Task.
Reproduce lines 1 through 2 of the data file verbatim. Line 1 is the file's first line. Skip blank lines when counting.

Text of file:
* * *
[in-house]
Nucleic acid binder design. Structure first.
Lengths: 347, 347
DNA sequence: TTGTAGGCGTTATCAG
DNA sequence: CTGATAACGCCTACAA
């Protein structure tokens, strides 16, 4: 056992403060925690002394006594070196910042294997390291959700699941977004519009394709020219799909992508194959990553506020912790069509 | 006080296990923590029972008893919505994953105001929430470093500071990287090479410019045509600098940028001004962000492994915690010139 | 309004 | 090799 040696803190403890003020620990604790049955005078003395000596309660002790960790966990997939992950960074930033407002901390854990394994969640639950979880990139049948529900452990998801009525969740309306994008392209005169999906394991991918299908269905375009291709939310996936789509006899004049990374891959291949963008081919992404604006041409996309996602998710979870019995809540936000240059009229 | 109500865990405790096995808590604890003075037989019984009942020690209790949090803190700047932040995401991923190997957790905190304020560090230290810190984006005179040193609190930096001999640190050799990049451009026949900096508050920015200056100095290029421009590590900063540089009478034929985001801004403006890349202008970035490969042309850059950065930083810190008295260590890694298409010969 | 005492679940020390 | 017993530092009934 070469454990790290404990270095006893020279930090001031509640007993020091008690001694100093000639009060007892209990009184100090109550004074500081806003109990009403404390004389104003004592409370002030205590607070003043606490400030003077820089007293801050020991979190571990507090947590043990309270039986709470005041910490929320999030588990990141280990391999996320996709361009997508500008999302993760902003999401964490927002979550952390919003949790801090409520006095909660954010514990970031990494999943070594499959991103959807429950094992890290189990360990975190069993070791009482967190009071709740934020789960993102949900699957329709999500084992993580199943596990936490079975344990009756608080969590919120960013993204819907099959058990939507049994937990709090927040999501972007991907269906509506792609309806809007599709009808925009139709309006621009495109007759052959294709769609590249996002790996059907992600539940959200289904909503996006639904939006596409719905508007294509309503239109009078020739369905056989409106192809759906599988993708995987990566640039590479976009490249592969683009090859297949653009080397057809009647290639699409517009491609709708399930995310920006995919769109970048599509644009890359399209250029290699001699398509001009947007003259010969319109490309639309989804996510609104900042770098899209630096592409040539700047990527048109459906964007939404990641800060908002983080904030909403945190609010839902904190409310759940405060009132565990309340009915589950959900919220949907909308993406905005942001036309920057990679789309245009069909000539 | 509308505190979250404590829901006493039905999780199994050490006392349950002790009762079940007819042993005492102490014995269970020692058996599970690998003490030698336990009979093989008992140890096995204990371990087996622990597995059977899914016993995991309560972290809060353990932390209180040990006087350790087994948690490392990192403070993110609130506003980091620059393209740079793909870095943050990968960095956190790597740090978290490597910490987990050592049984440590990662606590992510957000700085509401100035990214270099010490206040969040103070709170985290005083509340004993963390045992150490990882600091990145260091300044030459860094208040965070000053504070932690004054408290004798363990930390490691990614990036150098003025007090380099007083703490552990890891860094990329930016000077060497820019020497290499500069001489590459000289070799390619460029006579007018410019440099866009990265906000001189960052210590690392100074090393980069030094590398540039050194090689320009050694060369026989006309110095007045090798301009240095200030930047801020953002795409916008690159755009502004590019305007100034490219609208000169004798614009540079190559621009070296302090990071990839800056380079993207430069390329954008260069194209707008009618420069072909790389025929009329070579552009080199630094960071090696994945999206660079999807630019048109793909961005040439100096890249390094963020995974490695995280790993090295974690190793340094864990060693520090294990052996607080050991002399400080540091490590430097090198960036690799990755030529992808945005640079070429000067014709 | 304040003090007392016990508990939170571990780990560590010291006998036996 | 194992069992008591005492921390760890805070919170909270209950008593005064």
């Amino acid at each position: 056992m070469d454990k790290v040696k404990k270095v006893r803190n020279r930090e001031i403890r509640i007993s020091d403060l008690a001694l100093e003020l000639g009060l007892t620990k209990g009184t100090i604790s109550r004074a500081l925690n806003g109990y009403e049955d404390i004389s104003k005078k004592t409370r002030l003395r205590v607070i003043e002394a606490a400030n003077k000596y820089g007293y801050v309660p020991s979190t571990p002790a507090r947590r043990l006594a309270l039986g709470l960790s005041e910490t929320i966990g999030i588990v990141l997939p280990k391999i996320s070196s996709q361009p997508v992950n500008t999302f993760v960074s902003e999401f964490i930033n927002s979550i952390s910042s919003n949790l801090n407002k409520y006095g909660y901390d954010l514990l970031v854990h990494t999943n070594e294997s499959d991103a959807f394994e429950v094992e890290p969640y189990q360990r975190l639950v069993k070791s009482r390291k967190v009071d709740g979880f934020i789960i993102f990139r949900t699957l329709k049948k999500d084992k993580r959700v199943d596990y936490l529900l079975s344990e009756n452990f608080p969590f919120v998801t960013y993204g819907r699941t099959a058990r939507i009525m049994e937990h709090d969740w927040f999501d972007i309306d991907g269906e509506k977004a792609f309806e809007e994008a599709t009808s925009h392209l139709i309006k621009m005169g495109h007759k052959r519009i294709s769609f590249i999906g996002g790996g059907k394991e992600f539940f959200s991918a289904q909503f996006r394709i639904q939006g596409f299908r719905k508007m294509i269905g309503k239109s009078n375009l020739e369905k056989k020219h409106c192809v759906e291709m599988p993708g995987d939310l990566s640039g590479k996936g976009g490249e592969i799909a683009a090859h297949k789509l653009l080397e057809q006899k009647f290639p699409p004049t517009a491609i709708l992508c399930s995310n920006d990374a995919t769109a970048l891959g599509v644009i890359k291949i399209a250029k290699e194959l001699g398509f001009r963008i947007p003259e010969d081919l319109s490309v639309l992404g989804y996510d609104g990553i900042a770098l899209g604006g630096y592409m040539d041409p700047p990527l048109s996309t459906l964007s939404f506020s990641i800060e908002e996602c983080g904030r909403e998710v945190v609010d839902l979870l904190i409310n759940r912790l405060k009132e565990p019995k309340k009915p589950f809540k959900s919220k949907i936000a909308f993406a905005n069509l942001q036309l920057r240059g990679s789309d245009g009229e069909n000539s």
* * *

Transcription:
[in-house]
Nucleic acid binder design. Structure first.